Last Updated: Friday - 09/24/2010
February 15, 2010
Development and Peace upbeat about Share Lent
CANADIAN CATHOLIC NEWS
MONTREAL - As the Share Lent campaign nears its Ash Wednesday launch, Michael Casey is upbeat about the future of the Canadian Catholic Organization for Development and Peace.
A successful campaign to bring relief to Haiti after the devastating earthquake raised the profile of CCODP across the country, Casey said. More than $4 million has been raised so far, and he expected it to rise to $5 million by the Feb. 12 government deadline for matching funds.
An ad hoc committee of bishops set up to provide oversight has met for the first time and the agency is in the midst of developing a new five-year plan that has energized membership, CCODP's executive director said in a Feb. 9 interview.
The agency hopes to raise $10 million in this year's campaign. Though last year's Share Lent was marred by online reports accusing CCODP of working with "pro-abortion" overseas partners, the collection levels were not hurt by the negative stories.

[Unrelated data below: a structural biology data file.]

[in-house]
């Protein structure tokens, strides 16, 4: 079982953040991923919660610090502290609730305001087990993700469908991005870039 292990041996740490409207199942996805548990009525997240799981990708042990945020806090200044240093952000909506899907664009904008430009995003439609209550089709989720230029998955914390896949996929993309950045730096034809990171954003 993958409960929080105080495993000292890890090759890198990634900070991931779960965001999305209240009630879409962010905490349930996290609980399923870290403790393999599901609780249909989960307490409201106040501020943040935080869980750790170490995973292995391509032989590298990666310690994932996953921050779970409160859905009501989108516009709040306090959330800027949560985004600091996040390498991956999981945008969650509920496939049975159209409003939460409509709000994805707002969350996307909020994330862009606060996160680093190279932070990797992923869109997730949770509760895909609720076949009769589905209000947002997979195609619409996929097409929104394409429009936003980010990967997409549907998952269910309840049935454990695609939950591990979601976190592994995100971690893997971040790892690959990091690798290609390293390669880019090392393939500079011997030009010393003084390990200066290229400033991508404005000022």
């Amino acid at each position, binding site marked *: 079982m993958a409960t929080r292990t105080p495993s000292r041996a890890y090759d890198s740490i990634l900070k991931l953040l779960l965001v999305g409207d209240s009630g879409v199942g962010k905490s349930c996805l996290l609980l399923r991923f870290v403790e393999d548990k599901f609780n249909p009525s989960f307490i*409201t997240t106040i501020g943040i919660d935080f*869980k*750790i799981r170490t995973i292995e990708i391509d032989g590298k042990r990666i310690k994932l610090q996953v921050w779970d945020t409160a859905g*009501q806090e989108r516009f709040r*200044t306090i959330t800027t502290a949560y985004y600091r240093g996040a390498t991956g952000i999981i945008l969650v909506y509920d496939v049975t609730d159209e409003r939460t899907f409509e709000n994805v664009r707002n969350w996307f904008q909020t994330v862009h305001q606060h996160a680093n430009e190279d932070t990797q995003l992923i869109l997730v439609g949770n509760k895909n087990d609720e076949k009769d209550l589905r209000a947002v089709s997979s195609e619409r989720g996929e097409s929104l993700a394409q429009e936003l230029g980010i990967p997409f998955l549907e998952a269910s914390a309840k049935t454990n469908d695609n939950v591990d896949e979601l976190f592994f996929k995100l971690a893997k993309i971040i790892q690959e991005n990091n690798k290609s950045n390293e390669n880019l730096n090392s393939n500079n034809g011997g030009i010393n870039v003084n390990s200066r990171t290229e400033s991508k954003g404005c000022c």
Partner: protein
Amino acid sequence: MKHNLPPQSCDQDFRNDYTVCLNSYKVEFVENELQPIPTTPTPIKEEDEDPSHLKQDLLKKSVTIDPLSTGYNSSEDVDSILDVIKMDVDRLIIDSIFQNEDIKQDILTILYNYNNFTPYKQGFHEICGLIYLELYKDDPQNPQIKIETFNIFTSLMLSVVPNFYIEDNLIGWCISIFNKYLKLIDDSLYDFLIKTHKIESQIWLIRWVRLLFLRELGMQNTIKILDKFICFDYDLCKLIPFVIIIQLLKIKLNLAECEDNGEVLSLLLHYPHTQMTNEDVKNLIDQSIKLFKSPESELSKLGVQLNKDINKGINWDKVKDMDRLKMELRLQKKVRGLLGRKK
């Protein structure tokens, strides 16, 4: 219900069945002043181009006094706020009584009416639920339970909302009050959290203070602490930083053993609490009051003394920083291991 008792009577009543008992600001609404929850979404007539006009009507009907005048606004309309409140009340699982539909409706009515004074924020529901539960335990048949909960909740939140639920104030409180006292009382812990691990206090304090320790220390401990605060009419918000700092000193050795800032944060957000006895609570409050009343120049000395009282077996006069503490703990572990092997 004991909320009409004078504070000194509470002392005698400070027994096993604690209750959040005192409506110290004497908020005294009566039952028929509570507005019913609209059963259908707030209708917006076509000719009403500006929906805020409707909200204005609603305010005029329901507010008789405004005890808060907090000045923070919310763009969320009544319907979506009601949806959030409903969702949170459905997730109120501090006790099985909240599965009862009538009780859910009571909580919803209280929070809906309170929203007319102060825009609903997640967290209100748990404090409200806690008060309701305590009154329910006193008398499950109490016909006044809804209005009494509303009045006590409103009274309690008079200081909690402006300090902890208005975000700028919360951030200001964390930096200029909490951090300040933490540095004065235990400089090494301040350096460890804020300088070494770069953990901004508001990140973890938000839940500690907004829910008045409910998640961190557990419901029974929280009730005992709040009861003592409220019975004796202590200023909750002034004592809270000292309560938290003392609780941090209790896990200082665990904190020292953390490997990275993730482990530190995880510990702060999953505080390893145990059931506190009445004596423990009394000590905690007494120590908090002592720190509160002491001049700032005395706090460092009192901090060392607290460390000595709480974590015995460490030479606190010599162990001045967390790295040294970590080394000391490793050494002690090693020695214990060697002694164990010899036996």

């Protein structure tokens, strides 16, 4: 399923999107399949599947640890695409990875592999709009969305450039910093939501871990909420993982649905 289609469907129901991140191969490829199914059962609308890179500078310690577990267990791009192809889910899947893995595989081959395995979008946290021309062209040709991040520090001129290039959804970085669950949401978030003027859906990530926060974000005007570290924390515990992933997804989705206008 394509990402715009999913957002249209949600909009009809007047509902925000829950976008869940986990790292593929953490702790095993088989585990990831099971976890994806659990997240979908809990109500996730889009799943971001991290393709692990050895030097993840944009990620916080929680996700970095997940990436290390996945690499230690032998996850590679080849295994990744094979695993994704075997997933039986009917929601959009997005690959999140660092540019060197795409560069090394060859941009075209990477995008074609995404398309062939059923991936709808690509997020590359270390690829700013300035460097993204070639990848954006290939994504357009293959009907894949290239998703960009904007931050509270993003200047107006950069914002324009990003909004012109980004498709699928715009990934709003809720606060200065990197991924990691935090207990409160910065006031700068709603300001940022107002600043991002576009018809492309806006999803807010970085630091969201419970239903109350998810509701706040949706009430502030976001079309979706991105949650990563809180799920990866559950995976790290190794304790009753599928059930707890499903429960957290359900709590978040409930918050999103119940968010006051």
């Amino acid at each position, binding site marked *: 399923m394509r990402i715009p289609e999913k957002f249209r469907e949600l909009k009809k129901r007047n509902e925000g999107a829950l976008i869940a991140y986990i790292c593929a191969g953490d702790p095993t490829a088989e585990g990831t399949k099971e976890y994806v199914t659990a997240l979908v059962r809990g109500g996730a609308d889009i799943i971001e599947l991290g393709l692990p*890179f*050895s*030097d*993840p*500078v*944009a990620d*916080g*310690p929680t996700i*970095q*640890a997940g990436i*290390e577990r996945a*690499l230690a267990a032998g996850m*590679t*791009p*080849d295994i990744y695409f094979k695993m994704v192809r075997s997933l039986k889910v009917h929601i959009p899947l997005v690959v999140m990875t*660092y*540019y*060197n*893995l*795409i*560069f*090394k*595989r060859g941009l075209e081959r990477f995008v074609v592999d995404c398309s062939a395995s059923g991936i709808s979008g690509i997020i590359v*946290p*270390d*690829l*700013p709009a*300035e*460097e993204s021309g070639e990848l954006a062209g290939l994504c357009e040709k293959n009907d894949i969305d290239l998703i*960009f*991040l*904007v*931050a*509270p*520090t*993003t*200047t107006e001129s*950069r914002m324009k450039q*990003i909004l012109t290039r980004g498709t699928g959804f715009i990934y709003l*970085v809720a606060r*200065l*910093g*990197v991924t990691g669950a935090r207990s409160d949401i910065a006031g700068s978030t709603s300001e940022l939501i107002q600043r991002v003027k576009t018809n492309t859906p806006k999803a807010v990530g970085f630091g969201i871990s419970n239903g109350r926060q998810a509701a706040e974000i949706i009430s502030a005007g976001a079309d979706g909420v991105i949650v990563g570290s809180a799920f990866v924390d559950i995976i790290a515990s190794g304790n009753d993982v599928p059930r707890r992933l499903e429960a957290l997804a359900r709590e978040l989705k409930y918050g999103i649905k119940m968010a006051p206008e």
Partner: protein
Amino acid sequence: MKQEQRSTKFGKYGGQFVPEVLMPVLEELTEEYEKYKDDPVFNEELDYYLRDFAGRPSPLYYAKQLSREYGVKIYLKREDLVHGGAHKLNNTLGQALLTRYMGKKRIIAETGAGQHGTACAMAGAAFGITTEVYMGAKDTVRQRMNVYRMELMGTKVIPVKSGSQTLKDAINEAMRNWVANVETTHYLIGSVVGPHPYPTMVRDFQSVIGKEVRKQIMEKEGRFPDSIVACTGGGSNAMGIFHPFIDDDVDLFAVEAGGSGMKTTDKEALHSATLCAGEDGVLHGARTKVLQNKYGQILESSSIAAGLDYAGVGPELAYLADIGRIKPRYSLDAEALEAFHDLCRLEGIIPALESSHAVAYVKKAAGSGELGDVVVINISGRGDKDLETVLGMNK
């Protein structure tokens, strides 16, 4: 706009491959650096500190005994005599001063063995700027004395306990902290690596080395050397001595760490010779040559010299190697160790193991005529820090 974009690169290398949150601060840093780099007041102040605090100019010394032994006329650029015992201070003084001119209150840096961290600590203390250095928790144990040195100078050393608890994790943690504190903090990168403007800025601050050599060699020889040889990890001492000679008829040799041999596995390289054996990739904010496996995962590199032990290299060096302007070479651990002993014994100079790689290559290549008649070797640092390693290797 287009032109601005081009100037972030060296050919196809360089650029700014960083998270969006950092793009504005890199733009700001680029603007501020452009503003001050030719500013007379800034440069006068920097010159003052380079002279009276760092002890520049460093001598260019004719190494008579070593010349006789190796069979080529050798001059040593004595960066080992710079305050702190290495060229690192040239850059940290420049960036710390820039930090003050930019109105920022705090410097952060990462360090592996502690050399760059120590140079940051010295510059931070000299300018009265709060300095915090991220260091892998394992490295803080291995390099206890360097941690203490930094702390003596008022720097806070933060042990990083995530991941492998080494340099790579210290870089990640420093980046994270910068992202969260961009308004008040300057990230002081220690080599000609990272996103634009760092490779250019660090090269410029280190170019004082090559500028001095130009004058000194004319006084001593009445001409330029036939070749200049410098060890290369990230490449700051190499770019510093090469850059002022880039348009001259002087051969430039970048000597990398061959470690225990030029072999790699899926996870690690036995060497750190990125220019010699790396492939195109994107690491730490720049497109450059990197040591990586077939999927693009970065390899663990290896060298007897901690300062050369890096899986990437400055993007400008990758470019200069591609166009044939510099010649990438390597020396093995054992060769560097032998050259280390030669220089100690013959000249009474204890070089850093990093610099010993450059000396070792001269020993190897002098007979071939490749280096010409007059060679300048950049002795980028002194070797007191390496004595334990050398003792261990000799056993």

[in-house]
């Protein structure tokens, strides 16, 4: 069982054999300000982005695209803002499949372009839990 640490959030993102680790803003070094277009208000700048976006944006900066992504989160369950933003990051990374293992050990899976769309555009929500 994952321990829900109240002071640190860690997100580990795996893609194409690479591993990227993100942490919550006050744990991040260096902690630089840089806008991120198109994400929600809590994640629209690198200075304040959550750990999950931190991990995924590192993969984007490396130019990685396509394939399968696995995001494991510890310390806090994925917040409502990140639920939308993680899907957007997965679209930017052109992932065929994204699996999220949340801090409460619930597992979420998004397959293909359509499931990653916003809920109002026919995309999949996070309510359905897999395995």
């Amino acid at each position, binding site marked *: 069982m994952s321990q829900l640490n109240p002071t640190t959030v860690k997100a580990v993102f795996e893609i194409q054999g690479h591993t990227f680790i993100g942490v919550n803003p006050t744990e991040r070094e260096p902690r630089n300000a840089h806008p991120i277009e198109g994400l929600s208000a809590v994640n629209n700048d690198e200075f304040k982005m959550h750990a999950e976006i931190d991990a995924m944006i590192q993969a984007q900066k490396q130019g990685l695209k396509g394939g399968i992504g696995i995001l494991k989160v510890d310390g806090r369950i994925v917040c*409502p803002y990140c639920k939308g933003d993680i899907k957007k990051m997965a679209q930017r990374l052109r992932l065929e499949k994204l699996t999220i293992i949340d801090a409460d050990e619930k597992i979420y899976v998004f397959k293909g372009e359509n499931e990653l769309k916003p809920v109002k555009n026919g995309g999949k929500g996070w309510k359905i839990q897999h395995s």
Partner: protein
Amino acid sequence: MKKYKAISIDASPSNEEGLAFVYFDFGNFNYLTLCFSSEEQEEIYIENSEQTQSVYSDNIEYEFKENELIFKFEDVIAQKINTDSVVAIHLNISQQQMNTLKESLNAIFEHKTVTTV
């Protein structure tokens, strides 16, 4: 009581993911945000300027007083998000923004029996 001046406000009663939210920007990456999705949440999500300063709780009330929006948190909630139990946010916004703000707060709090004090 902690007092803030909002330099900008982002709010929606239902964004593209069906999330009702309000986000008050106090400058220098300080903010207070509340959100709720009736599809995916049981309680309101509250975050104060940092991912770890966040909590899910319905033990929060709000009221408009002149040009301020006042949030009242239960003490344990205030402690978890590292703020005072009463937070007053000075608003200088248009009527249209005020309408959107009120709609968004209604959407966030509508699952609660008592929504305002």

Casey said he does not know whether this year's campaign will also see a spate of negative reports. But he is pleased with the relationship CCODP has with the Canadian bishops, who founded the agency more than 40 years ago.
"Over the past year, we've been working very closely with the bishops," he said. The Canadian Conference of Catholic Bishops set up an ad hoc committee to "accompany us and examine some of the issues." That committee, chaired by Toronto Auxiliary Bishop John Boissonneau, includes Calgary Bishop Fred Henry, Sherbrooke Archbishop André Gaumond and Rimouski Bishop Pierre-André Fournier, held its first meeting Feb. 8 in Ottawa.
REACH AN UNDERSTANDING
CCODP is not necessarily dropping the partners who were targeted as "pro-abortion" in news reports. CCODP has discussed with the groups involved ways to find a common understanding. "Catholic principles have to be central to the relationship," he said.
Casey said the agency is not going to deviate from its core work in social justice. "Our Catholic identity is central to everything we do."
That identity is found in the group's emphasis on the "preferential option for the poor," and its focus on women. "Everything we do is rooted in our foundation in the Gospel," he said.
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